Reply To: Joining the chorus – in which our correspondent avoids smelling like air freshener, makes enemies in security, and wonders if a gospel singer is wearing his brogues…

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Anonymous
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I had an early start on Friday, an 0740 British Airways departure from Terminal 1 to Germany. I live 26 miles from Heathrow, which I can do in 45 minutes. Alternatively, I can get a car service and the statistics are more like 55 miles/90 minutes, as the car service’s sat nav directs them round the M25. In addition, my company has just given up on a centralised car-booking service. The intention was to save on costs, but it doesn’t, and drives us all mad through missed bookings and cars not showing up. There are only so many times you can live with non-existent cars and ranting at the call-centre operator, and an early-morning start isn’t one of them, so I decided to drive myself.

This costs the firm more because of the mileage I claim back and Heathrow’s parking costs, but at least I know that if I leave home at 5.30am, chances are I’ll get to the airport, park up, get through security and still make my flight without either having a heart attack running for the gate, or hanging around airside wishing I’d had another half an hour in bed. And when I drive, I don’t have to either listen to Kiss100 or smell of the limo’s pine air freshener for the rest of the day.

Still, it’s too easy to focus on the negative about today’s travelling experience, so let’s try and accentuate the positive. If I try very hard, I can. BA’s dedicated T1 check-in area is pretty good, as are the self-service check-ins. These reduce waiting time as you can choose your own seat and print your boarding pass, though you are only advantaged if you have one piece of luggage, otherwise you still need to queue to check a bag in (see below). Better still, some airlines like BA let you print them at home the night before.

OK, that’s enough of the positive. I would rather go the night before than fly out of T1 with a European carrier first thing in the morning. Apart from the check-in, which isn’t too bad, it’s the “leaving-the-cinema style” shuffle through security for 45 minutes with everyone else which kills me. No “fast track” – no interest. But then, is fast track really fast track, or is it just a shorter but slower queue? Let’s discuss that the next time we find ourselves in it. For half an hour.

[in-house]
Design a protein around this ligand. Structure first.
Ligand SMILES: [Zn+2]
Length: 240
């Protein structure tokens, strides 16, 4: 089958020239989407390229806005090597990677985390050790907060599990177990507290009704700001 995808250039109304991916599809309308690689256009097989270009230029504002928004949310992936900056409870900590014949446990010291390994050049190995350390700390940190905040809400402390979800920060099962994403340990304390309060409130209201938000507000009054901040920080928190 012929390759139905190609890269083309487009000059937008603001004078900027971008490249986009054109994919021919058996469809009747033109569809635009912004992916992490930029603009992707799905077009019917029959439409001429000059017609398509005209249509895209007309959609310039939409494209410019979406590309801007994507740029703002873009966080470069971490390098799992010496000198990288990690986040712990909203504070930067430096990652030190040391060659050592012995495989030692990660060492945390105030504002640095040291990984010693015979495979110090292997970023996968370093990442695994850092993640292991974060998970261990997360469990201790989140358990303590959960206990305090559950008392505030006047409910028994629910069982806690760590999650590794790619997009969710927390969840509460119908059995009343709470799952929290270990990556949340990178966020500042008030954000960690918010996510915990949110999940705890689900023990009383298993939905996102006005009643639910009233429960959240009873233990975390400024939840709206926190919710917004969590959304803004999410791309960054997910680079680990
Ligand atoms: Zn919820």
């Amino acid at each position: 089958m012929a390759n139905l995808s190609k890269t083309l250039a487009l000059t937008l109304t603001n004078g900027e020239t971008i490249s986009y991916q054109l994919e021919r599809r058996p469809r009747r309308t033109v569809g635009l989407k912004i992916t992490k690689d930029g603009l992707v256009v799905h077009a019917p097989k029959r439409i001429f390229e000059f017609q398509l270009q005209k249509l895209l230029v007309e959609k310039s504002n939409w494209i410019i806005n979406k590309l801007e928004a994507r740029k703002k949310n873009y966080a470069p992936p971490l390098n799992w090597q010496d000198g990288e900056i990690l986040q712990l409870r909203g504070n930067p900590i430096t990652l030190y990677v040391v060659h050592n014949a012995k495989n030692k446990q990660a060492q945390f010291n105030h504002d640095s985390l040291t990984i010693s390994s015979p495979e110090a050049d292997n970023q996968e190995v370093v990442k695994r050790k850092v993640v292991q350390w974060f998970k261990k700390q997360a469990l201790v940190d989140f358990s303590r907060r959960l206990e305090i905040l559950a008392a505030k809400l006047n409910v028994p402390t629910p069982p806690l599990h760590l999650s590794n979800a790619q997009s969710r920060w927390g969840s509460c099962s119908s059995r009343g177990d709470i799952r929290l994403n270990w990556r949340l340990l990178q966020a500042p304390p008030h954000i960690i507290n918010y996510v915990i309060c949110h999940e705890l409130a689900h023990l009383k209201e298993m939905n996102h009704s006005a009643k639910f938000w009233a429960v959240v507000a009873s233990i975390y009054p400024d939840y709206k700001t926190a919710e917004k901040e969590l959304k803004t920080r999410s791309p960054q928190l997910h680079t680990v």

So that was the European short-haul: there and back in a day. Then, a few days later, I headed to Mumbai and was upgraded to first with BA, which was a shame in a way, because all I did was swipe the free pyjamas and sleep. On the return, I flew the new Club World service, which has a better bed set-up than before, with more room to thrash around at the shoulders as the armrests retract into the seat. The new set-up has good cubbyholes for storage (try not to leave your Blackberry in there in the rush to get off like I did), a proper plug socket and video-on-demand via a good-sized monitor. Food and service are unchanged but then this was already to a good standard relative to the US carriers, but perhaps not as good as some of the Middle East carriers like Emirates and Etihad.

You’d have thought it couldn’t get any better. Well, you’d be right, were it not for Indian security spoiling everything before I even got on the plane. What did they do? Insist I could have one piece of hand luggage, not two. They did this not at check-in but post immigration, right at the gate. If I could have somehow managed to get one bag inside another just for the obligatory security screen, presumably there wouldn’t have been a problem. But I couldn’t. So there was. I’ve heard someone argue that the inconsistency in security arrangements is actually an unintended addition to security, since it keeps everyone guessing and means terrorists can’t be sure of finding a way to beat the system. This version gives Indian security too much credit, but if that’s the reason, perhaps they should do away with all laws, and allow them to be interpreted at will by whoever is wearing a uniform. That should keep everyone guessing. Just like in Phoenix, Arizona recently, where I was made to take off my shoes at the scanner, but flight crew walked straight through. Of course I had to point out this anomaly and, of course, doing so made me public enemy number one.

The net result was that BA hand-checked my bag at the gate and, guess what? The bag did not make it to the baggage carousel at Heathrow, which you only find out once it has stopped turning. Now, six days later and many frustrating calls to BA’s maddening lost-luggage service, still no bag. I am not alone in this, I realise. Tens of thousands of us have had bags lost by BA. Where I do claim to be unique is in the alternatives I have been offered. Top of the list was a bag heavily shrink-wrapped in plastic containing a gospel choir singer’s bright red gown. It was tempting to sign for it, just for fancy dress purposes, but my conscience wouldn’t let me.
So now I’m still waiting for the return of my ballistic nylon Tumi tote bag with a distinctive pink ribbon. Luckily it only has my new lightweight summer suit, Church’s brogues, two new ties and work shirts, wash bag, gym kit and my wife’s birthday present. The birthday has now past, but the bag has not reappeared. To help BA find my still-lost bag, I had the thought of emailing a picture of the exact model straight off Tumi’s website. If only it were so simple. “Sorry sir but we only communicate internally using telex, and nobody has email or internet access, however our descriptions are very accurate.” Clearly they are not.

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